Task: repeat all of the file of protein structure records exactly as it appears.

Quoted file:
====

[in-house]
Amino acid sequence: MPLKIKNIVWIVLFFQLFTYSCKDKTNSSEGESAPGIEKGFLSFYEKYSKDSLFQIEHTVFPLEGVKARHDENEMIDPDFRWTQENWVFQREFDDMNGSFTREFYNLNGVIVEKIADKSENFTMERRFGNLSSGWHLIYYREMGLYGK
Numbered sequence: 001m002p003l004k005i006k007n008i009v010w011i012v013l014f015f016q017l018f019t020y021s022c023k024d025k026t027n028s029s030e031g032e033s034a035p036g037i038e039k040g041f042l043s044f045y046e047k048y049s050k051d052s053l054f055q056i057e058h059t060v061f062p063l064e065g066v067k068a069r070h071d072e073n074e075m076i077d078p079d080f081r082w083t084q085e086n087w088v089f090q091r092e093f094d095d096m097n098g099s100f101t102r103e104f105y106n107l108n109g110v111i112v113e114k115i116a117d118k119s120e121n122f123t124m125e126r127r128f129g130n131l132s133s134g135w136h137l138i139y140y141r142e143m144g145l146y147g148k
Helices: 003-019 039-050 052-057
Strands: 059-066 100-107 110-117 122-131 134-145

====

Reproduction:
[in-house]
Amino acid sequence: MPLKIKNIVWIVLFFQLFTYSCKDKTNSSEGESAPGIEKGFLSFYEKYSKDSLFQIEHTVFPLEGVKARHDENEMIDPDFRWTQENWVFQREFDDMNGSFTREFYNLNGVIVEKIADKSENFTMERRFGNLSSGWHLIYYREMGLYGK
Numbered sequence: 001m002p003l004k005i006k007n008i009v010w011i012v013l014f015f016q017l018f019t020y021s022c023k024d025k026t027n028s029s030e031g032e033s034a035p036g037i038e039k040g041f042l043s044f045y046e047k048y049s050k051d052s053l054f055q056i057e058h059t060v061f062p063l064e065g066v067k068a069r070h071d072e073n074e075m076i077d078p079d080f081r082w083t084q085e086n087w088v089f090q091r092e093f094d095d096m097n098g099s100f101t102r103e104f105y106n107l108n109g110v111i112v113e114k115i116a117d118k119s120e121n122f123t124m125e126r127r128f129g130n131l132s133s134g135w136h137l138i139y140y141r142e143m144g145l146y147g148k
Helices: 003-019 039-050 052-057
Strands: 059-066 100-107 110-117 122-131 134-145